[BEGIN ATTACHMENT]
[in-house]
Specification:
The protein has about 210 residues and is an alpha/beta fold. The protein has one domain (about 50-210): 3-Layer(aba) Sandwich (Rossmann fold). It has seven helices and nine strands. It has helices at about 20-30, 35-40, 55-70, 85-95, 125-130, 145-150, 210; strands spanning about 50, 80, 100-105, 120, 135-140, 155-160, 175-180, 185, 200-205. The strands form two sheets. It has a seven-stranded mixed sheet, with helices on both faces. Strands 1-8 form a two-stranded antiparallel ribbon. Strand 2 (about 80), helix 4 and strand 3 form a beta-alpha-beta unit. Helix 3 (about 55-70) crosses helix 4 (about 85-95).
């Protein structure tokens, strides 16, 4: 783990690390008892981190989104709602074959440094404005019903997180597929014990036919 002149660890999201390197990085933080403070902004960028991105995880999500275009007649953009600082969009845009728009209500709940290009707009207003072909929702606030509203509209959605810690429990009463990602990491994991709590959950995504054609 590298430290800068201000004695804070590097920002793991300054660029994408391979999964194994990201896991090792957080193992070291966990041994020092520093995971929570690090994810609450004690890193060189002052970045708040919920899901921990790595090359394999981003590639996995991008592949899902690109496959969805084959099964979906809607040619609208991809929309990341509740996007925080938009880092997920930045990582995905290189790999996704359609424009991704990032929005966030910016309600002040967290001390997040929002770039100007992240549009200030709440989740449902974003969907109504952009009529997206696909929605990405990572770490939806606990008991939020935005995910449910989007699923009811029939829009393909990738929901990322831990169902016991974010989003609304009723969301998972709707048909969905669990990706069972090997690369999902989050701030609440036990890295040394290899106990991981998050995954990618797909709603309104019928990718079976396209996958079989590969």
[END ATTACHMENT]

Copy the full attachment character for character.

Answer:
[in-house]
Specification:
The protein has about 210 residues and is an alpha/beta fold. The protein has one domain (about 50-210): 3-Layer(aba) Sandwich (Rossmann fold). It has seven helices and nine strands. It has helices at about 20-30, 35-40, 55-70, 85-95, 125-130, 145-150, 210; strands spanning about 50, 80, 100-105, 120, 135-140, 155-160, 175-180, 185, 200-205. The strands form two sheets. It has a seven-stranded mixed sheet, with helices on both faces. Strands 1-8 form a two-stranded antiparallel ribbon. Strand 2 (about 80), helix 4 and strand 3 form a beta-alpha-beta unit. Helix 3 (about 55-70) crosses helix 4 (about 85-95).
């Protein structure tokens, strides 16, 4: 783990690390008892981190989104709602074959440094404005019903997180597929014990036919 002149660890999201390197990085933080403070902004960028991105995880999500275009007649953009600082969009845009728009209500709940290009707009207003072909929702606030509203509209959605810690429990009463990602990491994991709590959950995504054609 590298430290800068201000004695804070590097920002793991300054660029994408391979999964194994990201896991090792957080193992070291966990041994020092520093995971929570690090994810609450004690890193060189002052970045708040919920899901921990790595090359394999981003590639996995991008592949899902690109496959969805084959099964979906809607040619609208991809929309990341509740996007925080938009880092997920930045990582995905290189790999996704359609424009991704990032929005966030910016309600002040967290001390997040929002770039100007992240549009200030709440989740449902974003969907109504952009009529997206696909929605990405990572770490939806606990008991939020935005995910449910989007699923009811029939829009393909990738929901990322831990169902016991974010989003609304009723969301998972709707048909969905669990990706069972090997690369999902989050701030609440036990890295040394290899106990991981998050995954990618797909709603309104019928990718079976396209996958079989590969």